Advisers integral to the continued growth of SMSF sector

By Keeli Cambourne
September 15 2023
2 minute read
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If the SMSF sector is to continue to grow and accelerate, advisers need to be leading the way, said industry leaders.

During a panel discussion at the launch of the Class Ignite 2023 SMSF Benchmark Report in Sydney on Wednesday, industry leaders agreed that advisers are integral to driving the further growth of the sector.

“It comes down to us leading the way and having a strong voice as to what it [an SMSF] should look like so confidence rises,” said Jo Hurley, general manager, Class.

“As advisers, we need to think about member experience. If a member is coming from a retail fund or an industry fund, we need to find out what information and what advice they may need around SMSF and provide an experience better than what they have had previously.”

Peter Burgess, CEO of the SMSF Association, said it’s also important advisers determine if clients want to set up an SMSF for the right reasons.

“If we get that right, the sector will continue to grow,” he said.

“The number of SMSF trustees being disqualified is a worry and we have to look at that, pay attention to why this may be happening because if we don’t, the regulator will step in and stop the establishment of SMSFs.

“For this reason, people need to have access to high-quality information and advice.

“We would love to see more advisers specialise in SMSF to make it easier for consumers to find them.”

Joshua Williams, chief operating officer of SuperGuardian, a chartered accounting firm providing reporting, tax and compliance services for SMSF trustees and advisers, said the sector began to grow when advisers started to recommend SMSFs to their clients.

“As an industry, we also have to ask who is setting up SMSFs and who is recommending them to clients,” he said.

“That has changed over the years. It used to be accountants, then advisers came in and there was a rapid growth [in establishments].

“Between 2016-18 there was a slowdown for both accountants and advisers and now accountants have to be advisers to recommend clients establish an SMSF”.

Mr Williams, however, raised several questions regarding an adviser’s confidence to recommend an SMSF.

“How confident are advisers in recommending them? Do they have an in-house SMSF view on the way super should be structured? Do their dealer groups allow them to recommend SMSFs?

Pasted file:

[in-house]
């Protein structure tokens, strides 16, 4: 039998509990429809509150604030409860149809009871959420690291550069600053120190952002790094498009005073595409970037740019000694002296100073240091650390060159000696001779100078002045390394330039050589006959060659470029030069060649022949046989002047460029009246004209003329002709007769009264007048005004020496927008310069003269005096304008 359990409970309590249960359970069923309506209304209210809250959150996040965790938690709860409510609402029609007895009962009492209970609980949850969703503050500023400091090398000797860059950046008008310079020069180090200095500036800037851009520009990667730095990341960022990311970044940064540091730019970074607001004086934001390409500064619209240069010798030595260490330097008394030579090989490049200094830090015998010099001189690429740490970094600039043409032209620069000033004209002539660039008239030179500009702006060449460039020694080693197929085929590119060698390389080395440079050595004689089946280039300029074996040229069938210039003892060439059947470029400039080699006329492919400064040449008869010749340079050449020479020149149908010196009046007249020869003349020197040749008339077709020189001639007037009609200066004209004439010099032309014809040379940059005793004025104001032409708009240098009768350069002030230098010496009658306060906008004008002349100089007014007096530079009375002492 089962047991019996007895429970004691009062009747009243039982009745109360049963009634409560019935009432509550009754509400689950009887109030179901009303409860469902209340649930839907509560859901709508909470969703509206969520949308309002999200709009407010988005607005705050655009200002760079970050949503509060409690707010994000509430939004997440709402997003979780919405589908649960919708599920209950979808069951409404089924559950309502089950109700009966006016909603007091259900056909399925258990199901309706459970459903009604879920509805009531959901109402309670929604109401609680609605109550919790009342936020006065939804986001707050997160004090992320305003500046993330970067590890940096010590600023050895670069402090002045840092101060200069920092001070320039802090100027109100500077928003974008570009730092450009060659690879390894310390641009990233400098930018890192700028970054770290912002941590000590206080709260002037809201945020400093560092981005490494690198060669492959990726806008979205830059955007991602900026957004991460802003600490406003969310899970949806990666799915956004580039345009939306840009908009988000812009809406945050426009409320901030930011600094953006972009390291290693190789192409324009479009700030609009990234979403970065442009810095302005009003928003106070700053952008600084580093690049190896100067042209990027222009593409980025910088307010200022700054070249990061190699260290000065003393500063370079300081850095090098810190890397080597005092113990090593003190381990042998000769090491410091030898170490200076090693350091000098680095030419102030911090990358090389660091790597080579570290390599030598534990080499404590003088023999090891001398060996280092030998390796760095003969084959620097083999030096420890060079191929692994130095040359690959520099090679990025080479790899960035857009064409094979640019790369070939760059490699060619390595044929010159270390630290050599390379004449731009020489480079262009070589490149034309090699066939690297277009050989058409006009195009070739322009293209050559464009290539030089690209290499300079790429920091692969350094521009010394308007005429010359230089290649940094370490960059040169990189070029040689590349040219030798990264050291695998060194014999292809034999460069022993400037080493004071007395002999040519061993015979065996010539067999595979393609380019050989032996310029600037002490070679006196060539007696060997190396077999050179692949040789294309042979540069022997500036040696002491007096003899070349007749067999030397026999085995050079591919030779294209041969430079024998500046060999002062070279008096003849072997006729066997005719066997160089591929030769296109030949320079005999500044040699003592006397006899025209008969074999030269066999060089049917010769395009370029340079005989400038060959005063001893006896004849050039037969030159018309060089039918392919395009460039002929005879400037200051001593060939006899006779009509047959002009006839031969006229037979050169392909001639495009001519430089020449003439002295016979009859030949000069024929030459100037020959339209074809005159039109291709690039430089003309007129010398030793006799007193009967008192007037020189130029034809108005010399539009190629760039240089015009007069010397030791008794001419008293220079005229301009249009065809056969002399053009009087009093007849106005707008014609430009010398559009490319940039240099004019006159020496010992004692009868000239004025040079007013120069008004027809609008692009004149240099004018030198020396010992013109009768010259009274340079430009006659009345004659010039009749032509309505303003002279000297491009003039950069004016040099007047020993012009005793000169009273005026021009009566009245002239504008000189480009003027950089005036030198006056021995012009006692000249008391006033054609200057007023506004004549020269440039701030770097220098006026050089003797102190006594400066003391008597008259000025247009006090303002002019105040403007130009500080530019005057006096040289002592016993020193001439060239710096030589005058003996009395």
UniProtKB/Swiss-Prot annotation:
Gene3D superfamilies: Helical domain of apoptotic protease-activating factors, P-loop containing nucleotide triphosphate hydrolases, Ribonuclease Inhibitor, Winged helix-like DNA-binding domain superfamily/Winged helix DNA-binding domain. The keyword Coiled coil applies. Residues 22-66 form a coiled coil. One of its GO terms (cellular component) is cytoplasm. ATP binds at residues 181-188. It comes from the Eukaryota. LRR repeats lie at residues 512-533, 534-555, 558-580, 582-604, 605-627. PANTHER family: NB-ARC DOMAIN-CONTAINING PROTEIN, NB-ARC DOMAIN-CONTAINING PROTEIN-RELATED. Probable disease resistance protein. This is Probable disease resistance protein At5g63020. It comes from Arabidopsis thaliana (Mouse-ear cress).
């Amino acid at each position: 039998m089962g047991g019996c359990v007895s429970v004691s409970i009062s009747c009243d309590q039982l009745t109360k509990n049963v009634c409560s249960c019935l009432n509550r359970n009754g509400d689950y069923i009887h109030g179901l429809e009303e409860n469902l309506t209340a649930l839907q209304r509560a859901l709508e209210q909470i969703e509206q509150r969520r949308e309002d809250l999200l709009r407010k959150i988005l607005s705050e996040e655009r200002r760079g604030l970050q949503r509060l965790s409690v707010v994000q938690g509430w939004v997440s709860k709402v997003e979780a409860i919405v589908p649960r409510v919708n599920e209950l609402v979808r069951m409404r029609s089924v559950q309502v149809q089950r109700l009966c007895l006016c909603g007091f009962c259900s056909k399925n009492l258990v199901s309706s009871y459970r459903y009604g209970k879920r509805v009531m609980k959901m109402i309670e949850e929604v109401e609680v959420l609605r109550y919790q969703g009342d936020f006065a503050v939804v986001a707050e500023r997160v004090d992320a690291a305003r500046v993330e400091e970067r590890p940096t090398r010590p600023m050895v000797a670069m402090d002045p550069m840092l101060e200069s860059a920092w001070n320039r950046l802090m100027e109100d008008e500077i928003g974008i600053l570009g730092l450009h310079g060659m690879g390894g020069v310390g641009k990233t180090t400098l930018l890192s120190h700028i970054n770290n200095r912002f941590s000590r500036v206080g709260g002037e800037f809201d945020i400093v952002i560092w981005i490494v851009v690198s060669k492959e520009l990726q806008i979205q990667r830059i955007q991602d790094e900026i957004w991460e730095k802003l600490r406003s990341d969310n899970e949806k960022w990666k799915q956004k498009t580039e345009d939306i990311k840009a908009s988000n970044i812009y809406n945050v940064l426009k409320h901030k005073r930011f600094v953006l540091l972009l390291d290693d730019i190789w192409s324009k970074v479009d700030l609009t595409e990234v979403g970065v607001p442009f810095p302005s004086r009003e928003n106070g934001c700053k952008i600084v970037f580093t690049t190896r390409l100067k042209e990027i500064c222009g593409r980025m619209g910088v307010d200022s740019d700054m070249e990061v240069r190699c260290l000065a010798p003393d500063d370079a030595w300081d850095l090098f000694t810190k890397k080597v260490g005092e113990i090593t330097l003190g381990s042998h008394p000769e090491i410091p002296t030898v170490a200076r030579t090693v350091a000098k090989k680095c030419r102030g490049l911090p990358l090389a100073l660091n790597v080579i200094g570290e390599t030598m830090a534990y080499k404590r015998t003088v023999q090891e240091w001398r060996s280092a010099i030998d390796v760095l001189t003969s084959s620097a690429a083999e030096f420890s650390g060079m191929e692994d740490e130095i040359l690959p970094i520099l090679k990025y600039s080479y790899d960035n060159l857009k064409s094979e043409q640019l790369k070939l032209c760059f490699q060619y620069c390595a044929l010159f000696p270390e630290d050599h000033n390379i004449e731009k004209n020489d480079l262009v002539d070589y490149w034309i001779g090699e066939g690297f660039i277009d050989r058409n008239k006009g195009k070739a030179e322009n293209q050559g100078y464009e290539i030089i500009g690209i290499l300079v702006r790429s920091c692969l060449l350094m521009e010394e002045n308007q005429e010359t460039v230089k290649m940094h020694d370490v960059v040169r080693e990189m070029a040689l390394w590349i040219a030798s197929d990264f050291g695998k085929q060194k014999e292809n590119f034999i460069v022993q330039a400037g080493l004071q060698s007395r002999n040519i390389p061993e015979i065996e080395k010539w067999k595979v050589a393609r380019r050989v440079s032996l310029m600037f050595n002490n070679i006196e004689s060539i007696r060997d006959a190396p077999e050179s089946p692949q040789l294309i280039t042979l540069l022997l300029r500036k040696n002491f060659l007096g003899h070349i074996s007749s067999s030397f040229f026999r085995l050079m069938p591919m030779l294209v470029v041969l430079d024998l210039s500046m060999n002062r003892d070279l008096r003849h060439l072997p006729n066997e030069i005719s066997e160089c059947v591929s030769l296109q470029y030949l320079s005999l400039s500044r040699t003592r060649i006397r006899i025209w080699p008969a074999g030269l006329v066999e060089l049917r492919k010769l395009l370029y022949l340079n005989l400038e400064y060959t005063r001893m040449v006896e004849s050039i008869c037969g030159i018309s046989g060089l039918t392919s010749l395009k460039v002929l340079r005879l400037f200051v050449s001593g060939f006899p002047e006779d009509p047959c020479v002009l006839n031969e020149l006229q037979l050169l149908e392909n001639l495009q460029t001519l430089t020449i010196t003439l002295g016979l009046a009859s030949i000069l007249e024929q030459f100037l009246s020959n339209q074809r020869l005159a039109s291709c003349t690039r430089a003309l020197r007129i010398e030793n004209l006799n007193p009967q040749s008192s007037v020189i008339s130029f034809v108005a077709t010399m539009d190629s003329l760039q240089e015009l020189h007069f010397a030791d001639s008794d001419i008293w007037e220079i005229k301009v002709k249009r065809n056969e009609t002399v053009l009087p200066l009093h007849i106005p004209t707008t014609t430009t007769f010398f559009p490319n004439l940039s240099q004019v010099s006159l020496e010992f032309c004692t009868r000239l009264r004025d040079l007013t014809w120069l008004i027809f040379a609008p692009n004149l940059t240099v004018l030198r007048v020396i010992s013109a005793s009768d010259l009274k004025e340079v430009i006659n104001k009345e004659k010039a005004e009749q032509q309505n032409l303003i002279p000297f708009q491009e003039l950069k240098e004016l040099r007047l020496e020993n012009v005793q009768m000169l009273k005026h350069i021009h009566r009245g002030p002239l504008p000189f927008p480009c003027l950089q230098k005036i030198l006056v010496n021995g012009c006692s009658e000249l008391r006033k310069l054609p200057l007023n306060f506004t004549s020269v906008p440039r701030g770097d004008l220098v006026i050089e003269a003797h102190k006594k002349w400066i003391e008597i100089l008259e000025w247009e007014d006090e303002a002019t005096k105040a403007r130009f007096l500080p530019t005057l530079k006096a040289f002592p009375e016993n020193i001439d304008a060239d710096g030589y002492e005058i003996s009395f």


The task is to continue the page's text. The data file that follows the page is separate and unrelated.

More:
“Working with people recommending SMSF is a starting point, but member experience is also important.

“Advisers really need to have more confidence around the benefits of SMSF and be better informed when recommending them.”

How to measure success

Ms Hurley said the growth in the SMSF sector is not only measured by how many new funds are established but also by how many remain after members retire.

“When we think about the growth in the sector, we focus on new funds but one of the interesting things that came out of the Class Benchmark Report was that the fastest growth in the sector was actually in the 75-plus age bracket,” she said.

“That indicates that members are continuing in their SMSF for longer. Even if we have consistent new members joining at the rate they are now, there could be older members that have left, but that is no longer the case.

“This is a result not just of legislative changes but an indication that members are still engaged in their fund close to retirement and longer down the retirement path.”

Meg Heffron, director of Heffron said advisers also then need to think about their older SMSF clients and ways in which to engage with them.

“We need to create a whole new stream around member experience,” she said.

“We usually think about the younger cohort who like to use technology and generally deal with things digitally.

“But this older cohort is being left behind by technology because of everything from having less dexterous fingers to use their phones or computers, to the need for digital ID.

“As an industry, we should be looking at two streams of support – one for the young, tech-enabled cohort and at the other end, one for those who need more support.”

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